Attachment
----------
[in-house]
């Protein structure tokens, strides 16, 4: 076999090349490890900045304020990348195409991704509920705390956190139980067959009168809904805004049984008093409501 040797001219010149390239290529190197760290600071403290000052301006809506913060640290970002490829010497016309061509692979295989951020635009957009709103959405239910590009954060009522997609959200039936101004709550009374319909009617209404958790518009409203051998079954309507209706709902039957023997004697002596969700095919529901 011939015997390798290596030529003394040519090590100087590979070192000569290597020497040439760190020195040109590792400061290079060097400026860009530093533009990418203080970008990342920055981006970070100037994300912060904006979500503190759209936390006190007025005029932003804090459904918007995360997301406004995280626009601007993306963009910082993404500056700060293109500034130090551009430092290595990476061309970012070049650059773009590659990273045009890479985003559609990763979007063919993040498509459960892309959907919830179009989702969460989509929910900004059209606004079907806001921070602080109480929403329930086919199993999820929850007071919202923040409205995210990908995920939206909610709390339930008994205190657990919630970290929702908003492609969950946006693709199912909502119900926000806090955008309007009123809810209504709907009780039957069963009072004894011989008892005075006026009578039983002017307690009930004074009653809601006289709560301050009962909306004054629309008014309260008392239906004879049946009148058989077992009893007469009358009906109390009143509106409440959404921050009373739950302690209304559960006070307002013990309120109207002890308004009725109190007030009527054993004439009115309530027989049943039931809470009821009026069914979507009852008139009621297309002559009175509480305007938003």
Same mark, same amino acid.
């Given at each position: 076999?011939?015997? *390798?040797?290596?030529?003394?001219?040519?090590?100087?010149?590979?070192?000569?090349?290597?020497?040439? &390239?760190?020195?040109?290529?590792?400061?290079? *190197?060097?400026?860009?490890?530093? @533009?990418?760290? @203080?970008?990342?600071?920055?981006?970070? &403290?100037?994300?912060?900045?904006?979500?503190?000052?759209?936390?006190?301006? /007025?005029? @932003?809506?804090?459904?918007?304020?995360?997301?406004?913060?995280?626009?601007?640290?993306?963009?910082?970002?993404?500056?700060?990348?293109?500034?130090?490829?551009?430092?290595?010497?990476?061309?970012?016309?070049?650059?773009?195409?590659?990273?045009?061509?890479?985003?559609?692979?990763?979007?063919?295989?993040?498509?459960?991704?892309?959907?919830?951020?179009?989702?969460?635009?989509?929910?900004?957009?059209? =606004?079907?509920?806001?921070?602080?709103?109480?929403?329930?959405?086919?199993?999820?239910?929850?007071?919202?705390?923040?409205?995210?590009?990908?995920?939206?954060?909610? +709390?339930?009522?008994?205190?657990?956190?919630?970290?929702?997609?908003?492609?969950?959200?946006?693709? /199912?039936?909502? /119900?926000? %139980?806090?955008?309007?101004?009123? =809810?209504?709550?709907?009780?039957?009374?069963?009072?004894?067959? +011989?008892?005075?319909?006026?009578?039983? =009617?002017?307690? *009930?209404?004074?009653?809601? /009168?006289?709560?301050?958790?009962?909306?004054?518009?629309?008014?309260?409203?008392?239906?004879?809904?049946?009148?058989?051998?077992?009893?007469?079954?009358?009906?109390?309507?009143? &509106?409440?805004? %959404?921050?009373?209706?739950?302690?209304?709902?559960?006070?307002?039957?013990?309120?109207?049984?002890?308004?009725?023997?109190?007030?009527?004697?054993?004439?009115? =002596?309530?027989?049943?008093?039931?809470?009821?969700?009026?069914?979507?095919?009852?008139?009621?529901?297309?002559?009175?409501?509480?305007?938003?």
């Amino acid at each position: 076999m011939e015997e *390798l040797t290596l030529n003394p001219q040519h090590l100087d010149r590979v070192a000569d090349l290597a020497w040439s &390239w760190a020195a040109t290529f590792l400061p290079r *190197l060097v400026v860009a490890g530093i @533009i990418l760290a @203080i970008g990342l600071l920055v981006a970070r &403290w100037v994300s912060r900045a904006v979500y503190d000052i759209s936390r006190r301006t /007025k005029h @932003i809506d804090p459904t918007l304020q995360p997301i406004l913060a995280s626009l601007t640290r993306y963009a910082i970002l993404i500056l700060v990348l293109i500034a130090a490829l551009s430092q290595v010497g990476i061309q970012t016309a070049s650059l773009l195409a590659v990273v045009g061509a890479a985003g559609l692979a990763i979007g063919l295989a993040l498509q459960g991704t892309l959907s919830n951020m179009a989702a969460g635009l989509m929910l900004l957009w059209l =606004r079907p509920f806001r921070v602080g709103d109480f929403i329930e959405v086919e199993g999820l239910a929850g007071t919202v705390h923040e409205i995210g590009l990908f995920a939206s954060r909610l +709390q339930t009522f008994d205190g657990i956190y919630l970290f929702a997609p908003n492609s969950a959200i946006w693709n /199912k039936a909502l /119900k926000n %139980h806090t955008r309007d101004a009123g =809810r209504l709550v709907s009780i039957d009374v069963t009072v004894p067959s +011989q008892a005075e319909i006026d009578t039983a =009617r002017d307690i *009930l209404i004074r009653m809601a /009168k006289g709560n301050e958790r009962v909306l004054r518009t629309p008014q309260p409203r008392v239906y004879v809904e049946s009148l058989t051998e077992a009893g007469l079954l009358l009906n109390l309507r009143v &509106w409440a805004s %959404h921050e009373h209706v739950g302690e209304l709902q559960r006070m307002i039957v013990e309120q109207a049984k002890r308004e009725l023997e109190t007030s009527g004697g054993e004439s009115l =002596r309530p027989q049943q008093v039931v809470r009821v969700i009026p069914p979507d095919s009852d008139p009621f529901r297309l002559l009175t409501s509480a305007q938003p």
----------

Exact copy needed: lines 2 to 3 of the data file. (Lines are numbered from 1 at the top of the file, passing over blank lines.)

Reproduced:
């Protein structure tokens, strides 16, 4: 076999090349490890900045304020990348195409991704509920705390956190139980067959009168809904805004049984008093409501 040797001219010149390239290529190197760290600071403290000052301006809506913060640290970002490829010497016309061509692979295989951020635009957009709103959405239910590009954060009522997609959200039936101004709550009374319909009617209404958790518009409203051998079954309507209706709902039957023997004697002596969700095919529901 011939015997390798290596030529003394040519090590100087590979070192000569290597020497040439760190020195040109590792400061290079060097400026860009530093533009990418203080970008990342920055981006970070100037994300912060904006979500503190759209936390006190007025005029932003804090459904918007995360997301406004995280626009601007993306963009910082993404500056700060293109500034130090551009430092290595990476061309970012070049650059773009590659990273045009890479985003559609990763979007063919993040498509459960892309959907919830179009989702969460989509929910900004059209606004079907806001921070602080109480929403329930086919199993999820929850007071919202923040409205995210990908995920939206909610709390339930008994205190657990919630970290929702908003492609969950946006693709199912909502119900926000806090955008309007009123809810209504709907009780039957069963009072004894011989008892005075006026009578039983002017307690009930004074009653809601006289709560301050009962909306004054629309008014309260008392239906004879049946009148058989077992009893007469009358009906109390009143509106409440959404921050009373739950302690209304559960006070307002013990309120109207002890308004009725109190007030009527054993004439009115309530027989049943039931809470009821009026069914979507009852008139009621297309002559009175509480305007938003």
Same mark, same amino acid.